White’s primary source was Le Morte D’Arthur (1485) by Thomas Malory. Once and Future King follows the same plot – the Round Table, Guinevere’s adultery and the final battle with Mordred – but gives greater insight into the minds and motivations of its principal characters. The Grail Quest is brushed over.

Arthur is a well-meaning and thoughtful but naive figure. He knows his wife is sleeping with his best friend but turns a blind eye because publically knowing would compel him to execute them both. He intends on bringing lasting peace to Britain by stifling the violent instincts of its lords and believes in following his own laws.

Merlyn is Arthur’s tutor. In this version of the Arthur story, Merlyn is an absent-minded, quirky magician who lives backwards. Merlyn knows the future – and references it often – but cannot understand where people come from. He tutors Arthur by transforming him into a series of animals to impart valuable lessons. His familiar is a talking owl called Archimedes. 

Guinevere is Arthur’s queen. She does not love Arthur but yearns for his knight Lancelot, with whom she shares a tempestuous relationship. Guinevere has a pride and is formidable when crossed. 

Lancelot, in this version of the story, is brilliant but ugly. He battles his insecurities and self-loathing by becoming the greatest knight alive. He loves both Arthur and Guinevere, but cannot stop himself from betraying his king. The strongest character in the book, Lancelot, is delightfully self-destructive. 

White places the Arthurian Myth in the 13th century. Arthur is a Norman King – his father Uther is an analogue to William the Conqueror. The real historical kings of England are referred to in this world as legends and myths.

TH White was a troubled soul who lived alone his whole life. He was a closet homosexual and a self-admitted sadist who spent his life repressing his violent urges. Rather than fight, he spent WW2 in a cabin in Ireland, where he wrote this book. White channels himself into the tortured figure of Lancelot and futile attempts at doing the right thing.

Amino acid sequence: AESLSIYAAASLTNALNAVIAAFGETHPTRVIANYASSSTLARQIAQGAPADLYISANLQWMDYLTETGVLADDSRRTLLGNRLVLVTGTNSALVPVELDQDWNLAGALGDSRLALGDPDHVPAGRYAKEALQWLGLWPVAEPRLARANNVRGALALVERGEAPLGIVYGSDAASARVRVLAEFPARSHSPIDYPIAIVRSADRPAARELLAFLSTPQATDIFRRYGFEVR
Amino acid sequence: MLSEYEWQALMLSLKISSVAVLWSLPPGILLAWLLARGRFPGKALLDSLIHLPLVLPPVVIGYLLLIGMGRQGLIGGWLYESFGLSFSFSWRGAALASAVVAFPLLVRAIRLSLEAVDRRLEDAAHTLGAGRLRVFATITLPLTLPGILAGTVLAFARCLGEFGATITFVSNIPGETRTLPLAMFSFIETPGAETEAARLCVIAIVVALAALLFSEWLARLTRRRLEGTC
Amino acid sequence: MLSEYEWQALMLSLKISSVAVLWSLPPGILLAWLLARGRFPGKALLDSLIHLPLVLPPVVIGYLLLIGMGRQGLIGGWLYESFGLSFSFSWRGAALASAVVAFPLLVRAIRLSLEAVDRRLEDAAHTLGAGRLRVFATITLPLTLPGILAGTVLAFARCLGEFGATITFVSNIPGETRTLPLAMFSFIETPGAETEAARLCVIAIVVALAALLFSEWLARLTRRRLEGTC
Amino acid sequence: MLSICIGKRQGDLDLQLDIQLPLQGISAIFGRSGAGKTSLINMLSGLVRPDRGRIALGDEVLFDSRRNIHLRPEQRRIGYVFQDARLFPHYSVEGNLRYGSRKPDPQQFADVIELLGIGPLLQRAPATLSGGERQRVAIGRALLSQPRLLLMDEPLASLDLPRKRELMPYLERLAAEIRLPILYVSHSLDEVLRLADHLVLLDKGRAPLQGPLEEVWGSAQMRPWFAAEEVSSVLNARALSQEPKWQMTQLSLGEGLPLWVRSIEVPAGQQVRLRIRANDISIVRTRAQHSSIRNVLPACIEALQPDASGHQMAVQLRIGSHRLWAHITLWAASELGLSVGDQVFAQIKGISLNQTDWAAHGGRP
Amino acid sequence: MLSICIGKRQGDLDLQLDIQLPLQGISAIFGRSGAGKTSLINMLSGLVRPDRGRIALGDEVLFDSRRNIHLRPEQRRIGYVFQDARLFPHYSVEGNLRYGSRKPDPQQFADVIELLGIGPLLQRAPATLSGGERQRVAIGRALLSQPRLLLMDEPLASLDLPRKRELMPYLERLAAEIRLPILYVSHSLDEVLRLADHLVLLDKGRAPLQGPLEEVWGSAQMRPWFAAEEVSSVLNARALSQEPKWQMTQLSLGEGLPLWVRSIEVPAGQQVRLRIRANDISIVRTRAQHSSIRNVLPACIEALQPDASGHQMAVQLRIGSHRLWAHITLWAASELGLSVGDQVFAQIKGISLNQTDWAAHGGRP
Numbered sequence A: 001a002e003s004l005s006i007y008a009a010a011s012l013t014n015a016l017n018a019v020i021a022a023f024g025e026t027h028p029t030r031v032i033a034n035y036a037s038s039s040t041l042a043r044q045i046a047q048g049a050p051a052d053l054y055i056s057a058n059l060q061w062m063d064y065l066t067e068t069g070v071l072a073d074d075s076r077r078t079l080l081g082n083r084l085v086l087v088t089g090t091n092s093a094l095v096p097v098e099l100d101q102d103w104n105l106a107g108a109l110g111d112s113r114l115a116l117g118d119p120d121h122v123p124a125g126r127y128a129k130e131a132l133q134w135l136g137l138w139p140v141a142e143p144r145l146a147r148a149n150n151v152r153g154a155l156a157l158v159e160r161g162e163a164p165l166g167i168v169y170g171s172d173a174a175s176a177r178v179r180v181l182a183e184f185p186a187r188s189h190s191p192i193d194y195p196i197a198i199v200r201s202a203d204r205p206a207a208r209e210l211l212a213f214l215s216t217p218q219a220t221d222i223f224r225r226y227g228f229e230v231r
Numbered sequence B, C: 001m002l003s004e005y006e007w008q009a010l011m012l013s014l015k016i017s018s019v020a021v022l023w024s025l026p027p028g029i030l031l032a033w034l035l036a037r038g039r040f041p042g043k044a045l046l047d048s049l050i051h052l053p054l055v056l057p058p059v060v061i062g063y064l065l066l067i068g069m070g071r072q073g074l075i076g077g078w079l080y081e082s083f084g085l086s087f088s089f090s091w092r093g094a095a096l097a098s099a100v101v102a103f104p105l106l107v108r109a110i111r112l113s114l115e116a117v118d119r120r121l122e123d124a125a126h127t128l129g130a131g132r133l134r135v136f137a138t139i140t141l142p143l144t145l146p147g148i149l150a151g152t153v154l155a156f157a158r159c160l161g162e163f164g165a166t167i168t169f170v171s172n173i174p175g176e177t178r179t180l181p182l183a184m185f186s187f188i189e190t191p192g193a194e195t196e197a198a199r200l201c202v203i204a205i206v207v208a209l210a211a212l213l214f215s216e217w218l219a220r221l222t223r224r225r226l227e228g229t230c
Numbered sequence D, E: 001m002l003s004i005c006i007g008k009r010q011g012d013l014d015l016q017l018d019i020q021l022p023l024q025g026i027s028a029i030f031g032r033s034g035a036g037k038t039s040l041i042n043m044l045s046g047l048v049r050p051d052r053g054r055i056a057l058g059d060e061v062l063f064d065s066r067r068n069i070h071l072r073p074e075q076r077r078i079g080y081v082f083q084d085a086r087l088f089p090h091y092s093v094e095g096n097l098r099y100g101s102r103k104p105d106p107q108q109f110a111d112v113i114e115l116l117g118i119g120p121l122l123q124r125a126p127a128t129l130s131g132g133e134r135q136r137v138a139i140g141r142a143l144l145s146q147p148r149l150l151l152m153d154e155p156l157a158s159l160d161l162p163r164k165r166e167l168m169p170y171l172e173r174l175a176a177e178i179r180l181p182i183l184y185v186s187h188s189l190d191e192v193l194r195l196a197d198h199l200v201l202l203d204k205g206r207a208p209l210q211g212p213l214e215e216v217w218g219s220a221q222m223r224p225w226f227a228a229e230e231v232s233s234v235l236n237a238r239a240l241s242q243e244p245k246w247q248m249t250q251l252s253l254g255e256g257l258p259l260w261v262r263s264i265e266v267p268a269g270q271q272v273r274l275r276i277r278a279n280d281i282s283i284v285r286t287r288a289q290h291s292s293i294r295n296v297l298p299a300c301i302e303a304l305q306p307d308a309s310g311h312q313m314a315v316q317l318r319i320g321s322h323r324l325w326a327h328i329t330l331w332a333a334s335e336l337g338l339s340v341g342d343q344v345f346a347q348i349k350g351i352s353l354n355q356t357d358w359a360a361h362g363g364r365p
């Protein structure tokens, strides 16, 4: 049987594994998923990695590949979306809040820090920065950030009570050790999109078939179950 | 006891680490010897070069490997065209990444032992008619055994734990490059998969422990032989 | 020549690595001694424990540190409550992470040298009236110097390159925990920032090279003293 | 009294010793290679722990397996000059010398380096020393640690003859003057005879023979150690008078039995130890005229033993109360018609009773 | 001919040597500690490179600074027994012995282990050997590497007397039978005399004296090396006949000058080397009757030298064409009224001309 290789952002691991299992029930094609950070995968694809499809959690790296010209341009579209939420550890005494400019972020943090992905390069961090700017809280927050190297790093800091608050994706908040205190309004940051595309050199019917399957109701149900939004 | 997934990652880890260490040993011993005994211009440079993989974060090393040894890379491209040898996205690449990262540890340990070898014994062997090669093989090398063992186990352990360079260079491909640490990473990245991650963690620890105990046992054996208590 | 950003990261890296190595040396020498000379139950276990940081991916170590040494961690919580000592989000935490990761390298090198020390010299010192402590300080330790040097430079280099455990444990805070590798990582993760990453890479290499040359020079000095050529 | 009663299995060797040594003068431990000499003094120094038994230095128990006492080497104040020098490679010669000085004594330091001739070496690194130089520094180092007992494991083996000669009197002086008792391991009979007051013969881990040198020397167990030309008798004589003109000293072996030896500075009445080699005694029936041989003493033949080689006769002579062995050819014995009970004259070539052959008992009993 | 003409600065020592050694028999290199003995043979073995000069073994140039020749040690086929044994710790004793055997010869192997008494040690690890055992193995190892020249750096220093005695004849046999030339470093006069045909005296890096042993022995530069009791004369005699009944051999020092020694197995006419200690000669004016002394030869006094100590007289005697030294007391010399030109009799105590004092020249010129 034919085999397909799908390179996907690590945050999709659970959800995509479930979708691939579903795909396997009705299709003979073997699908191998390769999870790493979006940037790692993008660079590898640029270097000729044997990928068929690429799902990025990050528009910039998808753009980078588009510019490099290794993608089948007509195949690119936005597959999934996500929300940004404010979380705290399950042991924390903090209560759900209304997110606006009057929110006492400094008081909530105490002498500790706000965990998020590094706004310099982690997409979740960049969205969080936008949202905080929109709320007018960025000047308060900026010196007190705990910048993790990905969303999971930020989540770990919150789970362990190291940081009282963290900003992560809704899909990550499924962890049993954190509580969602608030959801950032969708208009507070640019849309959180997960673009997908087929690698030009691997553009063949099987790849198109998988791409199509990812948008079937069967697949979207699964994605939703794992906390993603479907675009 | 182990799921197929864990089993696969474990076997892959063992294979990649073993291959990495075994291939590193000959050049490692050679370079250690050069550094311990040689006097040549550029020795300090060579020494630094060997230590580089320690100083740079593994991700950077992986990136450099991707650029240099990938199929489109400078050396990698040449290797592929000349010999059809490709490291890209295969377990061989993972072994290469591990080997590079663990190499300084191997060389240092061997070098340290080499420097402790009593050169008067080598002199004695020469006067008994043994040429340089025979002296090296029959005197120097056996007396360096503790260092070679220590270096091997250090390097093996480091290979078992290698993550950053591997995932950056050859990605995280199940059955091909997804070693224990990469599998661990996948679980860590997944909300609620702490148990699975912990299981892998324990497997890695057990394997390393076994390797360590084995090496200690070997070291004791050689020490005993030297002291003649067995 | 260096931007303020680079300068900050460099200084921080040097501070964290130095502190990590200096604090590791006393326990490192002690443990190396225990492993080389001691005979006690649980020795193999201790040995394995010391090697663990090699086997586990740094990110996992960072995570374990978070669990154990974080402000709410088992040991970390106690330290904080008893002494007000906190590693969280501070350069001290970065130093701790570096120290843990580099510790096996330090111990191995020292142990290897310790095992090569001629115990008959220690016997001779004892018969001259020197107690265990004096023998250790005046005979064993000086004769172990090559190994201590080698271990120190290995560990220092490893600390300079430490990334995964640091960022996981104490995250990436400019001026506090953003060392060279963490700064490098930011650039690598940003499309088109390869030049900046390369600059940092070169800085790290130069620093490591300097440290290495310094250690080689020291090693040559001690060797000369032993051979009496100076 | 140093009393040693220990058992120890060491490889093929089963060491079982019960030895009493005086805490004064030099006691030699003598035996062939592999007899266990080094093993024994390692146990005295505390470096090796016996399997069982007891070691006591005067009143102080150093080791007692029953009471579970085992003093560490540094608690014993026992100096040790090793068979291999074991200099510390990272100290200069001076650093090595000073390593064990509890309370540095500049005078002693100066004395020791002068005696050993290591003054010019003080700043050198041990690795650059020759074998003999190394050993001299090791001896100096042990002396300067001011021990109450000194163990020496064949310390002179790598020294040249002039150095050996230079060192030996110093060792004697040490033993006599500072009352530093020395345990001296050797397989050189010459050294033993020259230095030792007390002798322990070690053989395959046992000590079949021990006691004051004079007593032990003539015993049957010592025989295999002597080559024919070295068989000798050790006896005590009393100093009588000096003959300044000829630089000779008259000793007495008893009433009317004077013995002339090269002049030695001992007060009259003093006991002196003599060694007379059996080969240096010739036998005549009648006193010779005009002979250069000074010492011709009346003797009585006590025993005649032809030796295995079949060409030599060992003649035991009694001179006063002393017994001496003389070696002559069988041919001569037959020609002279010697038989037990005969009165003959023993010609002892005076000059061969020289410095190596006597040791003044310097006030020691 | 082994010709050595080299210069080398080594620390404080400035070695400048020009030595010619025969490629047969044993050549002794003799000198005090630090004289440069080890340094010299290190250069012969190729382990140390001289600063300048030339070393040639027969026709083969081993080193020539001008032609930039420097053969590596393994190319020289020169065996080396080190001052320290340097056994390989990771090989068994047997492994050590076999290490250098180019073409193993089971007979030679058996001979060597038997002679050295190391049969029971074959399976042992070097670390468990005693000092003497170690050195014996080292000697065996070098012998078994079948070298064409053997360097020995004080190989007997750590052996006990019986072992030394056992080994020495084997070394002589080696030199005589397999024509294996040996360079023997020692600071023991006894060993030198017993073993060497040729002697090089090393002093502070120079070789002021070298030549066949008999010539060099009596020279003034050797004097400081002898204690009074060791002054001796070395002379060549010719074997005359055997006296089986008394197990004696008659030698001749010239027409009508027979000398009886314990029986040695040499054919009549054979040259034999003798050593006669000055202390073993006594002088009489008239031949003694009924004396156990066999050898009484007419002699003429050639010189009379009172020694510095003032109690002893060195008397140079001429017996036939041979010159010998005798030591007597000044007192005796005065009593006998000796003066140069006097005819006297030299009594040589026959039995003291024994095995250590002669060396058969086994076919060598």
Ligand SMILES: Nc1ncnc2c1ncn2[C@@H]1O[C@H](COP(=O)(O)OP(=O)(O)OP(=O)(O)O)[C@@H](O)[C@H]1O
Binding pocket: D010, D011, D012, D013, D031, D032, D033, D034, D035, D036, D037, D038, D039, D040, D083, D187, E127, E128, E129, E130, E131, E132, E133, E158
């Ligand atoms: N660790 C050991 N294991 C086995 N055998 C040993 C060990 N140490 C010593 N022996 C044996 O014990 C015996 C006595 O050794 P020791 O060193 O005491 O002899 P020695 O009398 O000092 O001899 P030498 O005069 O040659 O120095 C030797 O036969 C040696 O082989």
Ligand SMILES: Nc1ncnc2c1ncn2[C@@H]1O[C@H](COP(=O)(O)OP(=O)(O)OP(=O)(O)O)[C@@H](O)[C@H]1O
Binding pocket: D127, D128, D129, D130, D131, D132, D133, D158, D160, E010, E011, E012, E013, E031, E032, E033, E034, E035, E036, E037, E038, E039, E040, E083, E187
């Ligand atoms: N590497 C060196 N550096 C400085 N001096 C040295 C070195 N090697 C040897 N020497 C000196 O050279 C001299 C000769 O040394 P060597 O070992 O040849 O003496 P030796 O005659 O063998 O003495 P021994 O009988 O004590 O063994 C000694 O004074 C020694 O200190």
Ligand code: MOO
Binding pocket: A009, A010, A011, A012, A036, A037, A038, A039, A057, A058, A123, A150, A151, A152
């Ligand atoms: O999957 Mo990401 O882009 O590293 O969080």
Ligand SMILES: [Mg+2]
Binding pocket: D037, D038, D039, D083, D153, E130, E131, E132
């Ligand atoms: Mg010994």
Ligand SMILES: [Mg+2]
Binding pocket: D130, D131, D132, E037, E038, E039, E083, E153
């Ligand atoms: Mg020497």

To this day, critics hail Once and Future King as the greatest adaptation of the Arthur myth. Contrary to fantasies of the time, character supersedes worldbuilding, making it read more like a drama than an adventure novel. 

The blurb of my version reads:

This is the tale of King Arthur and his shining Camelot; of Merlyn and Owl and Guinevere; of beasts who talk and men who fly; of knights, wizardry and war.

It is the book of all things lost and wonderful and sad; the masterpiece of fantasy by which all others are judged.

Wars of 2022

This is an ongoing list of wars fought in 2022. For clarity, I will use the definition from the Upsalla Conflict Data Programme, a leading authority on wars and conflicts.

A war must:

  1. Be an armed conflict between states and armed groups involving military and paramilitary units
  2. Have over 1,000+ battle-related casualties in a given calendar year.

The broader definition of ‘armed conflicts’ includes insurgencies and smaller-scale clashes. All wars are armed conflicts, but not all armed conflicts are wars.

This list does not include:

  • insurgencies spread across multiple countries whose casualties exceed 1,000.
  • wars whose casualties have not yet exceeded 1,000 in 2022. I will update, as these occur.

For a full list of ongoing wars, see Wikipedia or Worldpopulation Review.

Today, not all wars are as clear-cut as state conflicts were in the past, where one country fought another. Most are civil wars between governments and arrays of competing rebel groups. As most deaths go unreported, I have taken the highest average estimates. The casualties below are rounded to the nearest 1,000.

Burmese Civil War (Myanmar Conflict)

  • Since 1948. Civil war involving Burmese government and rebel groups. 2,000 + casualties.

Mexican Drug War

  • Since 2006. Drug war involving Mexican government and drug cartels. 1000+ casualties.

Syrian Civil War

  • Since 2011. Civil war involving Syrian government (with Russian and Iranian support) and rebel groups. 1,000 + casualties.

Yemeni Civil War